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We initiate the study of incentive-compatible forecasting competitions in which multiple forecasters make predictions about one or more events and compete for a single prize. We have two objectives: (1) to incentivize forecasters to report truthfully and (2) to award the prize to the most accurate forecaster. Proper scoring rules incentivize truthful reporting if all forecasters are paid according to their scores. However, incentives become distorted if only the best-scoring forecaster wins a prize, since forecasters can often increase their probability of having the highest score by reporting more extreme beliefs. In this paper, we introduce two novel forecasting competition mechanisms. Our first mechanism is incentive compatible and guaranteed to select the most accurate forecaster with probability higher than any other forecaster. Moreover, we show that in the standard single-event, two-forecaster setting and under mild technical conditions, no other incentive-compatible mechanism selects the most accurate forecaster with higher probability. Our second mechanism is incentive compatible when forecasters’ beliefs are such that information about one event does not lead to belief updates on other events, and it selects the best forecaster with probability approaching one as the number of events grows. Our notion of incentive compatibility is more general than previous definitions of dominant strategy incentive compatibility in that it allows for reports to be correlated with the event outcomes. Moreover, our mechanisms are easy to implement and can be generalized to the related problems of outputting a ranking over forecasters and hiring a forecaster with high accuracy on future events. This paper was accepted by Yan Chen, behavioral economics and decision analysis.
Conference Paper
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Artificial intelligence is an emerging topic and will soon be able to perform decisions better than humans. In more complex and creative contexts such as innovation, however, the question remains whether machines are superior to humans. Machines fail in two kinds of situations: processing and interpreting “soft” information (information that cannot be quantified) and making predictions in “unknowable risk” situations of extreme uncertainty. In such situations, the machine does not have representative information for a certain outcome. Thereby, humans are still the “gold standard” for assessing “soft” signals and make use intuition. To predict the success of startups, we, thus, combine the complementary capabilities of humans and machines in a Hybrid Intelligence method. To reach our aim, we follow a design science research approach to develop a Hybrid Intelligence method that combines the strength of both machine and collective intelligence to demonstrate its utility for predictions under extreme uncertainty.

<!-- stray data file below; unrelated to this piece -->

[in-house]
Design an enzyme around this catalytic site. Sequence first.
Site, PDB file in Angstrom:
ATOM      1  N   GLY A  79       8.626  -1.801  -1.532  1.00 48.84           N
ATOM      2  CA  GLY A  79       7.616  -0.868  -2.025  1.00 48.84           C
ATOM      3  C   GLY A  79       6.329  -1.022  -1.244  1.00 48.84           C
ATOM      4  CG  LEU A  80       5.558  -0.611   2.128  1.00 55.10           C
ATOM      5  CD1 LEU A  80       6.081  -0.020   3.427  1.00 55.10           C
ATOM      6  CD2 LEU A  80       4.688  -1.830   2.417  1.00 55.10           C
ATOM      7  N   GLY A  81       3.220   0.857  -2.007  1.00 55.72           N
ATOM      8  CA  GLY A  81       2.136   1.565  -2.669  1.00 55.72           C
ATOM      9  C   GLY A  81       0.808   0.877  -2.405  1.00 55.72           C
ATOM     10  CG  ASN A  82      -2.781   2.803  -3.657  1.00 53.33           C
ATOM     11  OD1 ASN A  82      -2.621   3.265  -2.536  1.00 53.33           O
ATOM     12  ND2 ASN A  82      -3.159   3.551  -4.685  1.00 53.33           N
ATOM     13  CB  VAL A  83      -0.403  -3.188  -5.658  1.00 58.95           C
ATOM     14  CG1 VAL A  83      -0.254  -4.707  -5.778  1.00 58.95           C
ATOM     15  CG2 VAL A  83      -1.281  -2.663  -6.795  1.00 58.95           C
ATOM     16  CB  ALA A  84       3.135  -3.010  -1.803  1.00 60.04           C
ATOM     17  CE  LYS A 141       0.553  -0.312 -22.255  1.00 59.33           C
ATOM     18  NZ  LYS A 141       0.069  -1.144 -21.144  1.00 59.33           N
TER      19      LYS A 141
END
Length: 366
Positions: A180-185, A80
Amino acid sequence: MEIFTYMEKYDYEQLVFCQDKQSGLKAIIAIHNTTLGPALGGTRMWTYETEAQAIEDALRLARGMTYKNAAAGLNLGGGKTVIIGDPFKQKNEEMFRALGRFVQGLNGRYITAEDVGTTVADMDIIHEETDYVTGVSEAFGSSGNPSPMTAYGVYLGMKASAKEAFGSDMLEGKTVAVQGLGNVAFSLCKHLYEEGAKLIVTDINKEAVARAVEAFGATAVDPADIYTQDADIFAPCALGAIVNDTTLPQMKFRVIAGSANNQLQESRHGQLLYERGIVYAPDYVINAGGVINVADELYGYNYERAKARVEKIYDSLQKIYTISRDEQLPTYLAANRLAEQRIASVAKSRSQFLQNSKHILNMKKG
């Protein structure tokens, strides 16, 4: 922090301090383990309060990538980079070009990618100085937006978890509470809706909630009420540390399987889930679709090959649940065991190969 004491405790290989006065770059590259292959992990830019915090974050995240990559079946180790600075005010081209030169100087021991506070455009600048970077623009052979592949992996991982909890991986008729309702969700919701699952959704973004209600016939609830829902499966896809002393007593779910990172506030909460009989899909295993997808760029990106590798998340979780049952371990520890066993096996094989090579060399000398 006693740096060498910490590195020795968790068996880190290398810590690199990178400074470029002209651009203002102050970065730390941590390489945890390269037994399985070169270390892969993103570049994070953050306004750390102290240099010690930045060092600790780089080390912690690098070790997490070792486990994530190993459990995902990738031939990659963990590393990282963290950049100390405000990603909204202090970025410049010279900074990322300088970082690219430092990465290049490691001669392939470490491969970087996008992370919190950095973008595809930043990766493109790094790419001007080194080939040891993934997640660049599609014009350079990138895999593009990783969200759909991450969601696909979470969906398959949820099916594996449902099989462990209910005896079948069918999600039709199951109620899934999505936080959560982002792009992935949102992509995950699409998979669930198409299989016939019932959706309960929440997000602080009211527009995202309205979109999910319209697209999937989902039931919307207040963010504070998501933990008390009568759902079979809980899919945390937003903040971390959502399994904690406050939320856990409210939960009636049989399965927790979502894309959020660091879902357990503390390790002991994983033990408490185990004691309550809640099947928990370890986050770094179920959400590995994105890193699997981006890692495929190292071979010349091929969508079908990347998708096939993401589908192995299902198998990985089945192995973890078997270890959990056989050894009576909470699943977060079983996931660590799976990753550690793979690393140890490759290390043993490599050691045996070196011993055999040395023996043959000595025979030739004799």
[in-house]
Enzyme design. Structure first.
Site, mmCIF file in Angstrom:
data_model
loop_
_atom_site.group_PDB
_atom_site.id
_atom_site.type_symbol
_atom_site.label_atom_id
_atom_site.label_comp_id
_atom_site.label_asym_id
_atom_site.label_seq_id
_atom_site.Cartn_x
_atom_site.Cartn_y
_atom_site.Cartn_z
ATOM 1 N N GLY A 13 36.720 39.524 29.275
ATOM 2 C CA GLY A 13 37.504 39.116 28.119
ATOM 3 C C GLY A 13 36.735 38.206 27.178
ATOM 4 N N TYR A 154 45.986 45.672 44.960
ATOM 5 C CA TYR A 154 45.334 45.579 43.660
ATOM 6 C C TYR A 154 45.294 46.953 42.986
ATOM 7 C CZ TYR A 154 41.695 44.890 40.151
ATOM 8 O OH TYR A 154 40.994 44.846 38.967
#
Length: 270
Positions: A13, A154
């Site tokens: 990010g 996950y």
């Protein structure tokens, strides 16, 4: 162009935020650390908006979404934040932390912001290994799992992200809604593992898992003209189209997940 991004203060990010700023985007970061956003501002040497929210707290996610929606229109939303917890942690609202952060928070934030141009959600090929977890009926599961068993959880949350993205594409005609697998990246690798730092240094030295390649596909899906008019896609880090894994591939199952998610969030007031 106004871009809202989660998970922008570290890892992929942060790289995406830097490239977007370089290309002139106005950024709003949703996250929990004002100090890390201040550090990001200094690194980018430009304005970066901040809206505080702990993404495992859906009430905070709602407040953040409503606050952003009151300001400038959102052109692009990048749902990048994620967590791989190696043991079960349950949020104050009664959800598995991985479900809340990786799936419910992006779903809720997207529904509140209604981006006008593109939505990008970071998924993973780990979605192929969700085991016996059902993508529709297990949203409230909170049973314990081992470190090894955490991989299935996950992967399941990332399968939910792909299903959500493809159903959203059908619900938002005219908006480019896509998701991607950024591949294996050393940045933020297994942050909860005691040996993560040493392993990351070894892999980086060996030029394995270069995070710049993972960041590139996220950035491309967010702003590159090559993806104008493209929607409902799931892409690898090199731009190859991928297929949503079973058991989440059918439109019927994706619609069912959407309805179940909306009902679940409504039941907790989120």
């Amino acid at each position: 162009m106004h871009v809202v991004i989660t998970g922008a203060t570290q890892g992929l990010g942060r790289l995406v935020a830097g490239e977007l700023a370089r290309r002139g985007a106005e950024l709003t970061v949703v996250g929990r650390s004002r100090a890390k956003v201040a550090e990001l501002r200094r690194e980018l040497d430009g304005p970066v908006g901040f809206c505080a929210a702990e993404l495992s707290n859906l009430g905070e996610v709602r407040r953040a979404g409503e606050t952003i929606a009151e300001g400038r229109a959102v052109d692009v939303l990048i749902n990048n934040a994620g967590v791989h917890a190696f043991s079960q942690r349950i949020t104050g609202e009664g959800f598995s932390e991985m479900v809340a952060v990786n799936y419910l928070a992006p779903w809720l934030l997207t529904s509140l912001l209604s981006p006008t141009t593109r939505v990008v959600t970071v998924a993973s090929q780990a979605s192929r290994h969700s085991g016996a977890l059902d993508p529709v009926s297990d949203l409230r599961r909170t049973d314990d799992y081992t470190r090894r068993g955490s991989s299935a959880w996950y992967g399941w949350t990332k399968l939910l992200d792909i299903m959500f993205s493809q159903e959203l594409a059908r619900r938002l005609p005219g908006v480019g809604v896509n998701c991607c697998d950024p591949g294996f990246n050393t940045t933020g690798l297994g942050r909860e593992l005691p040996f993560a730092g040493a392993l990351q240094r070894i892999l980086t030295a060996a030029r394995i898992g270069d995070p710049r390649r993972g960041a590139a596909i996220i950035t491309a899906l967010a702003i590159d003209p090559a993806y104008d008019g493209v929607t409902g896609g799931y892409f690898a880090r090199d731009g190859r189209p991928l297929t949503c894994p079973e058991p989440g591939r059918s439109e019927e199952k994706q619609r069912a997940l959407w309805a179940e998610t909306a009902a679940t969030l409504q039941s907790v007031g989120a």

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Innovative forecasting methods using new data sources have been developed to address various problems in operations management, such as demand, sales, and event forecasts. One of the methods for forecasting events consists of prediction markets where participants can take financial positions that may generate returns depending on whether certain events occur or not. Results in experimental psychology and behavioral economics have shown that individuals, including experts, can be subject to judgment bias when making probability estimates for future events. We examine, in this study, whether prediction markets are immune to such bias in estimating event probability. We find that even when there are large numbers of transactions and high volumes of trades, probabilistic fallacies still occur. Moreover, when they occur, they tend to be persistent over a certain period of time, and they tend to happen in situations similar to the ones where individual probabilistic fallacies are reported to occur. Our results have implications for the design of prediction markets and at the same time call for caution when using forecasts generated this way.